Art or Evidence: The Power of Photojournalism
January 3rd-March 17th, 2013
This exhibition features the portfolio, Flashpoints, by international photojournalist Gilles Peress, which includes work from the conflicts in Northern Ireland, Iran, Rwanda and Bosnia. Peress sees his work as “gathering evidence for history” rather than art, though the forensic nature of his photography is a mere fraction of its meaning. Thirteen additional photojournalists are included, whose work ranges from the battlefield to the social sphere of everyday life.
The response to a photograph whether shot straight, staged or constructed cannot be determined. Every observer brings his or her own content to the image thereby changing its interpretation. Publishers seek to sell newspapers and satisfy their customers by choosing images that conform to pre-established views. As Barthes notes, these photographs are read “through a traditional stock of signs.”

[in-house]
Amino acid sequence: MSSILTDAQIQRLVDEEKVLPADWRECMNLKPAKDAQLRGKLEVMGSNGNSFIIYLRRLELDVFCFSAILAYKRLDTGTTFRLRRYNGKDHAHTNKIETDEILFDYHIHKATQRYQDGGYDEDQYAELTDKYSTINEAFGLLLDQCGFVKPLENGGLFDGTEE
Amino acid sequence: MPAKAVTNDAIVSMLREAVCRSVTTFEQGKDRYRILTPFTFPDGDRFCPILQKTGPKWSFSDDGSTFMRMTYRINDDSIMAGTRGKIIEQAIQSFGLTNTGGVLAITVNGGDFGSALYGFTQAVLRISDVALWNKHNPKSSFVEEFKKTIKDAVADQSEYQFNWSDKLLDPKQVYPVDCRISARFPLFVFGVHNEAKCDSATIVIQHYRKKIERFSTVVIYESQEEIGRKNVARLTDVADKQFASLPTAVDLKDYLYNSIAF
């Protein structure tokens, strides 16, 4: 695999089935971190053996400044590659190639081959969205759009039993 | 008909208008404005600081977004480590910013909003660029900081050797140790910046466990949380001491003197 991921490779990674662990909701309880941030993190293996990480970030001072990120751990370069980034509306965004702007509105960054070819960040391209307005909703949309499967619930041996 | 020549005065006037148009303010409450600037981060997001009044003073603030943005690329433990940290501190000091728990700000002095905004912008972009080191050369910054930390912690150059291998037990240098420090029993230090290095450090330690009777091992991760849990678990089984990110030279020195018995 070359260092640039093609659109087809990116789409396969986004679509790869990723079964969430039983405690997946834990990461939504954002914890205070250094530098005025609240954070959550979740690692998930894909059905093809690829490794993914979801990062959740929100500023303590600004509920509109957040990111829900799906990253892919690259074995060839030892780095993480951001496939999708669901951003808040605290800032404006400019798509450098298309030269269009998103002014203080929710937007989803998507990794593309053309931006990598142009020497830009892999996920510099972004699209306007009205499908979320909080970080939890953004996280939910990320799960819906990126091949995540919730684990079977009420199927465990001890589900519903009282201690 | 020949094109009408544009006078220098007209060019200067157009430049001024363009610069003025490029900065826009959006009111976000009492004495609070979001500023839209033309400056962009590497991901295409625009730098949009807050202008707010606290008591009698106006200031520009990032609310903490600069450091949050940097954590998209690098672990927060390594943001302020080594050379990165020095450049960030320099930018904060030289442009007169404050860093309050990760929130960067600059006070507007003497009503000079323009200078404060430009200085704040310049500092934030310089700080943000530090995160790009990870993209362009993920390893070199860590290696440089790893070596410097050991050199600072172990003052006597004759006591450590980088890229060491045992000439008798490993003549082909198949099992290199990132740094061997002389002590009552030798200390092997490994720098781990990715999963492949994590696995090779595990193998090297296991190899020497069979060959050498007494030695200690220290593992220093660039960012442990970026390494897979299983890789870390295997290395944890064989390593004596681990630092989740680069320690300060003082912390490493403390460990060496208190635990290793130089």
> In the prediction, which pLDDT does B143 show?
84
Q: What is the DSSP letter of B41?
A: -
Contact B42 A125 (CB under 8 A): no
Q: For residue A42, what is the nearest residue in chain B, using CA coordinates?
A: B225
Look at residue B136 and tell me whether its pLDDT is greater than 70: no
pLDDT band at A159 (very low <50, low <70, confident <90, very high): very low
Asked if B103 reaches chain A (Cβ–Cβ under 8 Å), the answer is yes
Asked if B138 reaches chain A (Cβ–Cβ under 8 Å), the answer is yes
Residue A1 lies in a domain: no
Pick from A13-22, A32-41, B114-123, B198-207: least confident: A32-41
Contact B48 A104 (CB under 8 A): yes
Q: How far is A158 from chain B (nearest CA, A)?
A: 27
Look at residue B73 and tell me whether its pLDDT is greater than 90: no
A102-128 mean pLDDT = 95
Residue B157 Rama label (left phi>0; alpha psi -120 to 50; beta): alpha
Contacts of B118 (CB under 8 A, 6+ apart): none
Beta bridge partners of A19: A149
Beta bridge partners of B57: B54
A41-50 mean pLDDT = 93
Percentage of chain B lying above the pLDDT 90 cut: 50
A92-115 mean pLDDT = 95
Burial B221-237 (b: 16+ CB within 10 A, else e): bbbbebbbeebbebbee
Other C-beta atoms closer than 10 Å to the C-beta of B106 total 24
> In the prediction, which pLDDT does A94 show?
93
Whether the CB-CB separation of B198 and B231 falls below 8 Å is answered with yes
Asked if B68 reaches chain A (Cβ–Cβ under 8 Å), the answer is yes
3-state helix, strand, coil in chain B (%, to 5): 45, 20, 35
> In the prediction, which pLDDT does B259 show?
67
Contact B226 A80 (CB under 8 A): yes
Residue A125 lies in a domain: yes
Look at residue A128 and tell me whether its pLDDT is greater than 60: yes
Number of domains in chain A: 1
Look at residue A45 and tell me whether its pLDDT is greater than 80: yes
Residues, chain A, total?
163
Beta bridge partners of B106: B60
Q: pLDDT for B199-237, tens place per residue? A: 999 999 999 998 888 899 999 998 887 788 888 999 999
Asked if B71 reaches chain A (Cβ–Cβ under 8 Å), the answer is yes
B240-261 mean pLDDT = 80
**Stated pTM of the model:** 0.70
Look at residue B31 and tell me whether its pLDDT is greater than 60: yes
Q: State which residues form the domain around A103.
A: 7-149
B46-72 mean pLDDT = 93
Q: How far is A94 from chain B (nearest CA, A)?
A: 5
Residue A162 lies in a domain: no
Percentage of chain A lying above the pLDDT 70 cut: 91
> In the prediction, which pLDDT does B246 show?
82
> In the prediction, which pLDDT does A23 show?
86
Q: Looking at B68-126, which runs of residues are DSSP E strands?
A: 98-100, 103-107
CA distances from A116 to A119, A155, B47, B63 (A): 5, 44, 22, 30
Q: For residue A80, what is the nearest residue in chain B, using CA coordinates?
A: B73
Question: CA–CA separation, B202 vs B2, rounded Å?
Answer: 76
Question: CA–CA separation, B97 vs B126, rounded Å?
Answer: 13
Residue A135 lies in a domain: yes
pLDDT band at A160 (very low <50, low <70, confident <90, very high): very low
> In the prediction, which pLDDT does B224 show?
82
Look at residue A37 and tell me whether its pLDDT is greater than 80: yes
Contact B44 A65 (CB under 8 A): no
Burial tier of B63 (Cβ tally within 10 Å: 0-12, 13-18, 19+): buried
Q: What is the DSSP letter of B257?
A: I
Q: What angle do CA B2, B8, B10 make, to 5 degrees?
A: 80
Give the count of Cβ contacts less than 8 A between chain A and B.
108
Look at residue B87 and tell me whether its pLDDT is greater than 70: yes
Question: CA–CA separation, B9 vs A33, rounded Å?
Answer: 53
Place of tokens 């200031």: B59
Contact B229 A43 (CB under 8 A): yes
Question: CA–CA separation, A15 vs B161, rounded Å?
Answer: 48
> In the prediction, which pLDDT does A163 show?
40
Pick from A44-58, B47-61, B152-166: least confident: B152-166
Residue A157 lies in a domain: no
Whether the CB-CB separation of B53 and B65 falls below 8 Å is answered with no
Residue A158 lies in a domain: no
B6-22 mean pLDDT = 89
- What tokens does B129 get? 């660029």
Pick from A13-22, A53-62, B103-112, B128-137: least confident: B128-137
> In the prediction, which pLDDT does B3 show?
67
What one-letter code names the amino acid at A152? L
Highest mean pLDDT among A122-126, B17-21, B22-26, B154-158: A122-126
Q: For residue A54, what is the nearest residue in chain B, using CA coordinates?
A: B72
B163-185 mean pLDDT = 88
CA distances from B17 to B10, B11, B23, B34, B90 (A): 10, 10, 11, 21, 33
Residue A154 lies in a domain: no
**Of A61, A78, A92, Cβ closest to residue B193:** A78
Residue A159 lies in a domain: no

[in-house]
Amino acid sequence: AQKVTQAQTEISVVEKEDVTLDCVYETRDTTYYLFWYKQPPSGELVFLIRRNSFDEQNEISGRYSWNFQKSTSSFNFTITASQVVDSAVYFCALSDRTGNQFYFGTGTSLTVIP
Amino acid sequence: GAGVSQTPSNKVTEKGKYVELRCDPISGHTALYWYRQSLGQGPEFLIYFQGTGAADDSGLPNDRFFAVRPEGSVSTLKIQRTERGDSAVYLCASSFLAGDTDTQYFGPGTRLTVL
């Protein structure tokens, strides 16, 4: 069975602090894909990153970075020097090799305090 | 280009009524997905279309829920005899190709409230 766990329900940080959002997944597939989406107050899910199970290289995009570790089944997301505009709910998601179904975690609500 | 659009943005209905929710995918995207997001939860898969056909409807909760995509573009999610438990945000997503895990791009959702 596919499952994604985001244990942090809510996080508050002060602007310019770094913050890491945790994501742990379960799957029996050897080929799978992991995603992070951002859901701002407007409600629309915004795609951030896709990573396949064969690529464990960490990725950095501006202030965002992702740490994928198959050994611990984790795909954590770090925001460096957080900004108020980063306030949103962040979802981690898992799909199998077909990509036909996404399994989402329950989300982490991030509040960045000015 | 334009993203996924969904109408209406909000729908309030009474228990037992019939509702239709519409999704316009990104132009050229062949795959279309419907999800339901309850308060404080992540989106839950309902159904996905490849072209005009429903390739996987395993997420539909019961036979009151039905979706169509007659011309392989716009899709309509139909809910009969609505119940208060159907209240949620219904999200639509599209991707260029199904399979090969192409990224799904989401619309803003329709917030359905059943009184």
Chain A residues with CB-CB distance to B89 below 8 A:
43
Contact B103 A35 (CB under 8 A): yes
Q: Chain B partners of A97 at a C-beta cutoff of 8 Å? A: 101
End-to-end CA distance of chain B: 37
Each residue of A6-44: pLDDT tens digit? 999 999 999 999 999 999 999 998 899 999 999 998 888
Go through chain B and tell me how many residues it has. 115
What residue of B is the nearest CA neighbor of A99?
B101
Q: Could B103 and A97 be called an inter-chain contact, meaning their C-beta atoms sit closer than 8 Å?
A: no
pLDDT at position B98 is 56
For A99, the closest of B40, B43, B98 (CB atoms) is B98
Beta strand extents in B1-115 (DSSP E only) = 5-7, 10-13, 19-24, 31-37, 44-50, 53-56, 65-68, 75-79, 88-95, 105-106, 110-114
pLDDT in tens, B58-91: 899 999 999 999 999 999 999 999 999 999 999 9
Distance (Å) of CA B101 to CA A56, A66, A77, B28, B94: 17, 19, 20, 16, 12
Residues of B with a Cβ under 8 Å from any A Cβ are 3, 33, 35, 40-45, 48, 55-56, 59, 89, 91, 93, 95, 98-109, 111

The photojournalistʼs practice is a complex (and dangerous) pursuit in the name of providing not a single truth, but knowledge to the public. The images resulting form a part of the public memory and often impact the publicʼs aspirations for the future as well. An iconic photograph can last in the memory far longer than the text it was originally tethered to. If this process is at times imperfect, indeed occasionally a pure deception, it remains profoundly important to the public discourse.
Through examination of these images we can not only see a ʻtrace of the original,ʼ but also gain an insight into the societyʼs needs and values. What methods have been used to insure our peace of mind or disturb it? By contemplating press images from multiple angles, we can challenge our own stock responses to them, allowing the structures of society to become visible.
—Marie Costello, Curator